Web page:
VLC Energy announces plans for two of the UK’s largest lithium ion energy storage projects to be in Cumbria and Kent, saving costs and boosting renewables.
On 28 February, VLC Energy announced the development of two of the UK’s largest energy storage plants, to be connected to the country’s electricity network by year end.
VLC Energy, a newly created joint venture between green investment group Low Carbon and combined heat and power plant operator VPI Immingham – a units of the commodities trader Vitol Group – said its first two energy storage projects would come online by the end of this year at sites in Cleator in Cumbria and Glassenbury in Kent.
In a press release Low Carbon said: “The use of batteries will enhance National Grid’s ability to manage surges in supply from renewable energy sources, as well as surges in demand, and ultimately increase the Grid’s capacity to accommodate energy generated from renewables.”
In addition, the batteries will be an integral part of the UK’s development of a smarter, cleaner and more flexible energy system.
The energy storage projects have already secured contracts under National Grid’s enhanced frequency response (EFR) tender and the capacity market for 2020, as a result they will be able to provide balancing services to grid operators and back-up power capacity.
According to Low Carbon, the Cleator and Glassenbury sites will boast a combined capacity of 50 megawatts (MW) accounting for a quarter of the total enhanced frequency response (EFR) contract capacity awarded by National Grid.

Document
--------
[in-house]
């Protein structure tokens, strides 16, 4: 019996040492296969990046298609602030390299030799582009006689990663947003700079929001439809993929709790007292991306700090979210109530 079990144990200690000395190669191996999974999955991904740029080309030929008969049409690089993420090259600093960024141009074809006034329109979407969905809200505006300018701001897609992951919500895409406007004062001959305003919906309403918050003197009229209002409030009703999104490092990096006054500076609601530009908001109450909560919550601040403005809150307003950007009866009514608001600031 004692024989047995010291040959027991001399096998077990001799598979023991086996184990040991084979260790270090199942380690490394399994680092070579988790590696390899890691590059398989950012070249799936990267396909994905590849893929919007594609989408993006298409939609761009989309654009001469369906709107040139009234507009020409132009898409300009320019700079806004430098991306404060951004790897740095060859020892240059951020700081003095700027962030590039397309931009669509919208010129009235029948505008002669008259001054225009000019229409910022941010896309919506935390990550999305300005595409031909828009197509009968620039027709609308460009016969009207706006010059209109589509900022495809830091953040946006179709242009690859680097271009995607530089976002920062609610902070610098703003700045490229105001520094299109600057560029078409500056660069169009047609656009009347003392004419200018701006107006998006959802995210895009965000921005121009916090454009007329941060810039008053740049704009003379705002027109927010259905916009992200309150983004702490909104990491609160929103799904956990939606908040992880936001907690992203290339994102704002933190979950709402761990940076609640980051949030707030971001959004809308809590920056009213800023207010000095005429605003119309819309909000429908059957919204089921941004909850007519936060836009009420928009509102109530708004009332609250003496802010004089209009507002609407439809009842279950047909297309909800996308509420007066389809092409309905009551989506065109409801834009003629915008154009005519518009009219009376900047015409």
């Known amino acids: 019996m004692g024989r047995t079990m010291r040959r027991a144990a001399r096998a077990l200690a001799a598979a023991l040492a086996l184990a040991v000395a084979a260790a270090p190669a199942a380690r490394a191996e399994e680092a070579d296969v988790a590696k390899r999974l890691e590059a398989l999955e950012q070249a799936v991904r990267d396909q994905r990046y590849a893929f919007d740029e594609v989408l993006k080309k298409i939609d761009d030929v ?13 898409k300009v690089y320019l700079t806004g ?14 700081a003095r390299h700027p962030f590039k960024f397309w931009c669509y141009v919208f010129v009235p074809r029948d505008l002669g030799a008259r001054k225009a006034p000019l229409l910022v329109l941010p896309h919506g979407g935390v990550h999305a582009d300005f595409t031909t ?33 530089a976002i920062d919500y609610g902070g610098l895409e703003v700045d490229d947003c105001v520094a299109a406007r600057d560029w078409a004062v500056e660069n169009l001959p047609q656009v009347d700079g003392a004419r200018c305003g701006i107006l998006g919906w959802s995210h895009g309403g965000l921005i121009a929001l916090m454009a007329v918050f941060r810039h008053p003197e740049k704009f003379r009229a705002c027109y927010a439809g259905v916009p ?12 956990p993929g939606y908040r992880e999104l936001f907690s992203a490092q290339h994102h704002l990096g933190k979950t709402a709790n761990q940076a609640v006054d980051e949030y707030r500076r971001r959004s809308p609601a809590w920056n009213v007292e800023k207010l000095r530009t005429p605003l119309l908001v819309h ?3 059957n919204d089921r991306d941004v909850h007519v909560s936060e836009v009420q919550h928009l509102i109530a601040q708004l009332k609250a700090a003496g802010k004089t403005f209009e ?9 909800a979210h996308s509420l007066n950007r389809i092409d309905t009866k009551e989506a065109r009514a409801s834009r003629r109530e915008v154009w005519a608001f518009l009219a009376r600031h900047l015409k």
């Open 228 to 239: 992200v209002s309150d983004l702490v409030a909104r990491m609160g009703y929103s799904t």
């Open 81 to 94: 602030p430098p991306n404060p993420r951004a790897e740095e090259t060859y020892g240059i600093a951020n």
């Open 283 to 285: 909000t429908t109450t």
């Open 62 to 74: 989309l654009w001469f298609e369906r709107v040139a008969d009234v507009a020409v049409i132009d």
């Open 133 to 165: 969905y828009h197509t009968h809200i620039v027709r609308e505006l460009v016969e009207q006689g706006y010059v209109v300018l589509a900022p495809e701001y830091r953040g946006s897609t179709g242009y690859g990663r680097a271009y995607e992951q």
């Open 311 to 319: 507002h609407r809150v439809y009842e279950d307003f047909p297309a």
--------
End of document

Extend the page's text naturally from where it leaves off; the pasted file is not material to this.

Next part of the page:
The battery projects will make use of lithium-ion battery technology from LG Chem and sophisticated energy management systems from NEC Energy Solutions, Inc. to provide a crucial balancing service to National Grid, and capable of delivering power in less than one second in response to surges in energy supply and demand.
The speed that the service provides will also deliver considerable cost savings to National Grid, with some estimating as much as £200 million in savings across all EFR contracts, by reducing wasted energy.
While the scale of investment in the new energy storage projects was not disclosed, Bloomberg reported that the new venture was looking to invest up to £250 million ($311 million) in UK energy storage and distributed generation projects over the next few years.
Roy Bedlow, Chief Executive, at Low Carbon, said: “Renewable energy is playing an increasingly important role in the UK’s energy mix and as this role expands, the development of energy storage plants will be central to the future success of the UK’s energy network.”
He went on to say: “As a leading player in the renewable energy market, we’re delighted to be partnering with Vitol to accelerate the development of new energy storage and renewable energy projects. Furthermore, by actively building a robust portfolio of renewable energy projects at scale, we are substantively challenging the causes of climate change, while helping to meet the growing demand for renewable energy in the UK.”
Russell Hardy, Chairman of VPI Immingham and member of Vitol’s Executive Committee, added: “We’re pleased to be entering into an exclusive, strategic partnership with Low Carbon that will enable us to grow our investments in alternative energy in the UK. Batteries perfectly complement renewables and gas and together offer a cleaner, more efficient energy future for the UK.”
Energy storage projects in the UK are increasing at a significant rate as costs continue to fall and grid operators explore new ways to meet peak demand and integrate renewable sources into the nation’s power mix.